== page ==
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The Google Print Library Project (s goog) sounded like such a brilliant idea when it was first launched in 2004: The search giant said it had partnered with a group of prominent universities and would scan millions of out-of-print and hard-to-get books — in effect, creating a vast digital library of more than 15 million volumes that would be available to anyone. Then reality hit, in the form of a lawsuit by publishers and authors, saying the company didn’t have the right to scan their books. A settlement agreement, which took years to hammer out, was thrown out by the courts last year, and now the Author’s Guild is suing the universities that originally partnered with Google for copyright infringement. It’s another nail in the coffin of Google’s global library.
The Author’s Guild in the U.S. and its counterparts in Australia, the United Kingdom and Quebec have filed the suit, along with a group of individual authors, claiming that their rights are being infringed by the book-scanning and indexing that several universities — including the University of California and Cornell University — have been engaging in, both with Google and on their own. The lawsuit also names the HathiTrust, a nonprofit entity created by a number of universities, including Harvard and the Library of Congress, to manage the digital collections created by the book-scanning project.
Is scanning itself an act of copyright infringement?
The claims in the lawsuit are fundamentally the same as the claims that were made in the lawsuits that author and publisher groups originally launched against Google over the Library Project: namely, that scanning a book is an act of copyright infringement — unless the entity doing the scanning gets the express permission of the publisher and/or author who owns the rights to the work. According to the lawsuit:
[B]y digitizing, archiving, copying and now publishing the copyrighted works without the authorization of those works’ rights holders, the universities are engaging in one of the largest copyright infringements in history.
Google’s argument in the cases that it fought over the Library Project was that the scanning and indexing of books was covered under the “fair use” principle, which allows for copyright infringement under certain circumstances — including copying for research purposes and “transformative” works (for example, Google won a court ruling that said copying images and providing thumbnails for the purpose of image search was fair use). The search company offered to remove any titles that authors or publishers didn’t want provided through Google Books if requested to do so.
Authors and publishers, however, argued that this kind of after-the-fact permission put the onus on them to determine which books should or shouldn’t be in the company’s index, and they have said Google itself should seek permission up front before scanning anything. The search company tried to settle the claims with a mammoth $125-million agreement that was signed in 2009, but it didn’t last — a court ruled last year that the terms of the agreement were unacceptable in a number of ways.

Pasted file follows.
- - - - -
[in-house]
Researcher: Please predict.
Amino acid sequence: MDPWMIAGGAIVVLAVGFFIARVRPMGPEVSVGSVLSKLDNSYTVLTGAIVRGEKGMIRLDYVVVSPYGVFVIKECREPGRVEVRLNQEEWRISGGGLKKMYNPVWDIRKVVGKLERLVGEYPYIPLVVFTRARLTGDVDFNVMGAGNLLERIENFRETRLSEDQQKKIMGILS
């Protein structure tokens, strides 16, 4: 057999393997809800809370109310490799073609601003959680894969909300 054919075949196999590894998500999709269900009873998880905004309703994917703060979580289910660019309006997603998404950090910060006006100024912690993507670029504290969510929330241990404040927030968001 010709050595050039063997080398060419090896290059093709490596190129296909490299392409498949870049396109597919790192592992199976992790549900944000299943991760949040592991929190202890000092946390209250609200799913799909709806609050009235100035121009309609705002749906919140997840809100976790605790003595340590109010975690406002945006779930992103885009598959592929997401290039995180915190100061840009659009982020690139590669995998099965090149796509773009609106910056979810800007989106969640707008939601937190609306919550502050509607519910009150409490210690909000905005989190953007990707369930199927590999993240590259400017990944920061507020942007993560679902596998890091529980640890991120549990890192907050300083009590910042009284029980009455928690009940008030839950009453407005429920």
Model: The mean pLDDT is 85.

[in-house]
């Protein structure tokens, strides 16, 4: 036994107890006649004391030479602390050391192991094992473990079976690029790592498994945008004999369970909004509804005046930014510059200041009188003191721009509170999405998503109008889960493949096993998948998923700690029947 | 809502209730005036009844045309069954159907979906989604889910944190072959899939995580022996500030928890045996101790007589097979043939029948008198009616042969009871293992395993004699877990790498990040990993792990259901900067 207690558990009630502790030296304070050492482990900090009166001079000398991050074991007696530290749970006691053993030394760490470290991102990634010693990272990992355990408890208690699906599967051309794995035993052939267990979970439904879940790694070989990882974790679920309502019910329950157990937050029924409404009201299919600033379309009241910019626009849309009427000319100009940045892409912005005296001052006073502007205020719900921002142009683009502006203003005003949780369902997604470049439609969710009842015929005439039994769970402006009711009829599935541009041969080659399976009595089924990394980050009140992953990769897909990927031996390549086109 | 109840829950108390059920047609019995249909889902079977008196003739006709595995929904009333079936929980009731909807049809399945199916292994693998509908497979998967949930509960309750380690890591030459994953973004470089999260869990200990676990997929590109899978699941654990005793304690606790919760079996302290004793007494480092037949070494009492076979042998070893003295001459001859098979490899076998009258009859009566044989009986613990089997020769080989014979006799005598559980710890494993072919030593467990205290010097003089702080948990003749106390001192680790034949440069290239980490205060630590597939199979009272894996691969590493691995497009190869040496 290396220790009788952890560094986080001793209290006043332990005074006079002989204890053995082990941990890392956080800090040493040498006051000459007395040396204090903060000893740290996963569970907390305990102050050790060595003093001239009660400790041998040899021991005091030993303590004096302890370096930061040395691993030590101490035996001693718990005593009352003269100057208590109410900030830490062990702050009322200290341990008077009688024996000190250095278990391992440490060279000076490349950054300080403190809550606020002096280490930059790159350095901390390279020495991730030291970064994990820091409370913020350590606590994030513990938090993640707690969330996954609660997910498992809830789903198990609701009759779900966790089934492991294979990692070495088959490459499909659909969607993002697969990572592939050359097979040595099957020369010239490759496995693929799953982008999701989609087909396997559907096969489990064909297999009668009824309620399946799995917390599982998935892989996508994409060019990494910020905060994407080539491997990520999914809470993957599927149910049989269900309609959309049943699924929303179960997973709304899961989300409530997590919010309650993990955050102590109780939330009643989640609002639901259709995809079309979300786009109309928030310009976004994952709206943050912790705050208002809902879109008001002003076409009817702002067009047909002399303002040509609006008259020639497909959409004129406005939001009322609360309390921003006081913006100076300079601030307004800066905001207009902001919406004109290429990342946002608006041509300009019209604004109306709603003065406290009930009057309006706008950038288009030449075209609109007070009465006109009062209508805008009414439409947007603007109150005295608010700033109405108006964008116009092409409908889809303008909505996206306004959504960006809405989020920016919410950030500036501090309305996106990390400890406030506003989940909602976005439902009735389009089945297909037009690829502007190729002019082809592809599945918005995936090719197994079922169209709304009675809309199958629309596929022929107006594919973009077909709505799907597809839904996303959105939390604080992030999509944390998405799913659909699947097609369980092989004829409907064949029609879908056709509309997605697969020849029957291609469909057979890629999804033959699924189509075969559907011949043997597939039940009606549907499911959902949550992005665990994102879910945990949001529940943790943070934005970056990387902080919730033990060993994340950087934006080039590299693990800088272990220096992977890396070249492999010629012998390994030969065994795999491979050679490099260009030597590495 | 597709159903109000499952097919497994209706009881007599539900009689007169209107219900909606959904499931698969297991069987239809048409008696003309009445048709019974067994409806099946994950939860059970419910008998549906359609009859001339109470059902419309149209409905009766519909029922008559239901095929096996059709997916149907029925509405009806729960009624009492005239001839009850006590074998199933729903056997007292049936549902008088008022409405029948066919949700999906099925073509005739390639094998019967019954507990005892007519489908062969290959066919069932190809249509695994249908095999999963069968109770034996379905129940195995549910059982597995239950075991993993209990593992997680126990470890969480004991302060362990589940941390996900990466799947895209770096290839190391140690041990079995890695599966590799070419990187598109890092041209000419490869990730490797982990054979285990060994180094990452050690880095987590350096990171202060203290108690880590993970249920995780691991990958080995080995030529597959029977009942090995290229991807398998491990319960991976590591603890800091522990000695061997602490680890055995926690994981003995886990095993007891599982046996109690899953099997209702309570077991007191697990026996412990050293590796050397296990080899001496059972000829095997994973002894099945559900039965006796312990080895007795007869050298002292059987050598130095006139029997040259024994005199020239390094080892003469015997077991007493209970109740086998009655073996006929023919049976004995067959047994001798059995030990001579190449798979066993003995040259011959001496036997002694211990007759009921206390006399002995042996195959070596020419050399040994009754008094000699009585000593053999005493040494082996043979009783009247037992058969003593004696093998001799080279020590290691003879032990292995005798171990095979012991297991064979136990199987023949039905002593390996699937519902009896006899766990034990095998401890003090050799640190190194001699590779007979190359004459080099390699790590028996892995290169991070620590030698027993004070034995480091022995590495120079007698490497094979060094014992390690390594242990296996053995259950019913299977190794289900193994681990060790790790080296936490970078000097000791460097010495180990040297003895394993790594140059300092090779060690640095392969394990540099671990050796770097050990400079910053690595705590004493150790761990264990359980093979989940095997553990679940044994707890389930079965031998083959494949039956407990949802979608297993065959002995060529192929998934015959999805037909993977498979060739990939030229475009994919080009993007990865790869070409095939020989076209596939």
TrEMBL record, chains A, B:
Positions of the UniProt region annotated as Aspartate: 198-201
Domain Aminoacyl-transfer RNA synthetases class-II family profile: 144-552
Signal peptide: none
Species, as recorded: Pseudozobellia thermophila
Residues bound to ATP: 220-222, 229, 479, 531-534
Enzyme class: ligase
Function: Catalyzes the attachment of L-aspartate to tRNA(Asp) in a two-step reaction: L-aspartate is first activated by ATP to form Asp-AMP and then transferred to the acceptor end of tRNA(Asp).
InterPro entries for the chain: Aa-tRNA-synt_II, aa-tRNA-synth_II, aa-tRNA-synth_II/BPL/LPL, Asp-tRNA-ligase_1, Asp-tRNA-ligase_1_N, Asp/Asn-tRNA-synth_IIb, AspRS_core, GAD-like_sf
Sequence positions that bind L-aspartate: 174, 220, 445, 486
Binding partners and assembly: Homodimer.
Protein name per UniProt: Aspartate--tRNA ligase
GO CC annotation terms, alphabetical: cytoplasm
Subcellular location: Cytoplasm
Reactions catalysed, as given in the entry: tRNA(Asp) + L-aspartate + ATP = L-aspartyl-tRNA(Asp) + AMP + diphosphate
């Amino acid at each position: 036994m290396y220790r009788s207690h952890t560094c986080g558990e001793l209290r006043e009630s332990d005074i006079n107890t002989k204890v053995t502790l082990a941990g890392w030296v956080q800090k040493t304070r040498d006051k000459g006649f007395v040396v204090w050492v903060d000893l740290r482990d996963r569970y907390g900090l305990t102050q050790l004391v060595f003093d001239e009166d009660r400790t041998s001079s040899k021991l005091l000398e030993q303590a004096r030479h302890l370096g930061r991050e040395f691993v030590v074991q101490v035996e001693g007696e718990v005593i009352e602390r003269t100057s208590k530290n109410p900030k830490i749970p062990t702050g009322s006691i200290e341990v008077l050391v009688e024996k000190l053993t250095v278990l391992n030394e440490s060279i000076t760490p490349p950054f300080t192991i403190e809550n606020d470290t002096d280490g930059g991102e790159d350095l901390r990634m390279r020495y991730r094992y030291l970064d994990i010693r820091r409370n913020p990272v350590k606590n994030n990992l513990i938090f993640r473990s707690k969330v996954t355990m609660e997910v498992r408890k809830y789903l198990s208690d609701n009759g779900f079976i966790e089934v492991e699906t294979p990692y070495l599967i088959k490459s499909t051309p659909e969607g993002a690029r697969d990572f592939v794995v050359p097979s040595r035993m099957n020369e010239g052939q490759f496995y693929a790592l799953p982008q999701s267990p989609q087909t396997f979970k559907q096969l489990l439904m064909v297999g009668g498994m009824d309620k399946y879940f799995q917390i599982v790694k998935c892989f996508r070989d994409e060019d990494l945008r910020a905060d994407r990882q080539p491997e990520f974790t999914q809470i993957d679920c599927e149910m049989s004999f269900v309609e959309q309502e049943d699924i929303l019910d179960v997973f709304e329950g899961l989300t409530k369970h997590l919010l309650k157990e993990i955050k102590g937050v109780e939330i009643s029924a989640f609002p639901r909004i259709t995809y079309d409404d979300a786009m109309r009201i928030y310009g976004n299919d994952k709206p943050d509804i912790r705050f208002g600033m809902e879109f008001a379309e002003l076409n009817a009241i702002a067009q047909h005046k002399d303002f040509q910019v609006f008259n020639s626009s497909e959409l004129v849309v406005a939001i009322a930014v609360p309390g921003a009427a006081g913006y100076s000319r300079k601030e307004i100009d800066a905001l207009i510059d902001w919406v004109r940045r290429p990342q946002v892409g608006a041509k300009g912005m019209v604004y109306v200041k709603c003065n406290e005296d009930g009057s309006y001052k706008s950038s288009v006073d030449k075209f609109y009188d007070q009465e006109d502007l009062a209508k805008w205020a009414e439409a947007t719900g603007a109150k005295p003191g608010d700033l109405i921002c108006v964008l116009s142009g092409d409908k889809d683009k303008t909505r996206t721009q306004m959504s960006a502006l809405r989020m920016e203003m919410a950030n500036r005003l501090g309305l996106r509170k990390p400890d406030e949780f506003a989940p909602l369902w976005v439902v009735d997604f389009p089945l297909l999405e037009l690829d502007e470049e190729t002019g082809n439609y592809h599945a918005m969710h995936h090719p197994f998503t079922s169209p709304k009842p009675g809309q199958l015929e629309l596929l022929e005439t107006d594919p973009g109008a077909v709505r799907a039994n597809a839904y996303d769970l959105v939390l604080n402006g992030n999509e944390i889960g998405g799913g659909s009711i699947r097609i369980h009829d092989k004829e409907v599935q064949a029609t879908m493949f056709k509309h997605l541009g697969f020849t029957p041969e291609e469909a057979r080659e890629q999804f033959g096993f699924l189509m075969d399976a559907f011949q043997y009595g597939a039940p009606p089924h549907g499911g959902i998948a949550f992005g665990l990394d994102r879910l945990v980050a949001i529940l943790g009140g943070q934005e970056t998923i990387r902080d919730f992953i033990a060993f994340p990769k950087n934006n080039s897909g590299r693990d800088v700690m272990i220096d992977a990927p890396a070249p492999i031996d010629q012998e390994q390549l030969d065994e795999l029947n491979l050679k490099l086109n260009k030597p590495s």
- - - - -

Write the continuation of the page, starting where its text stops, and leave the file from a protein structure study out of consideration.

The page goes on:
The ruling is long and fairly complex, but the biggest issue for the judge who struck down the agreement seemed to be that Google wanted to retain permanent rights to any “orphaned” works — in other words, books whose owners or rightful copyright holders couldn’t be found after a certain period. Since the decision, the agreement has effectively been in limbo, although there is a new hearing scheduled for later this week that could see the deal either resurrected or the case go to trial.
Will Google decide it simply isn’t worth it?
In some ways, the arc that the Google Books project has taken mirrors the evolution of Google’s increasingly contentious public image: When the idea was first hatched, it seemed like a perfect example of the kind of ambitious — and even slightly foolhardy — mission Google was well-known for, like taking photos of all the streets in the world and providing them for free. But just as Google StreetView has taken a beating in the past couple of years as a result of privacy concerns, so the Google Library Project has been vilified as an attempt by Google to control the world’s books.
While there is a good case to be made that Google’s scanning of books — and therefore the actions of the universities in the HathiTrust — is fair use as it has been defined by the courts, it remains to be seen whether the company has the stomach to continue the battle. New CEO Larry Page was one of the original architects of the Library Project (which was inspired by Project Gutenberg), but he has also made it clear that he wants Google to pare down the number of things it is doing, and he has been shutting down all kinds of ambitious projects. Will Google decide to simply mothball its idea of a global library?
If Google does pull back from its vision, the universities in the HathiTrust could be on their own, fighting the authors and publishers who want to maintain their control over the world’s books instead of allowing Google to provide them for free. And that in turn could ultimately kill the idea of a global library where all books are available, leaving us in a fragmented world with competing providers such as Amazon (s amzn) — which is reportedly considering a subscription-style “Netflix for books.” Is that the future of the digital library? And is that the kind of future we want?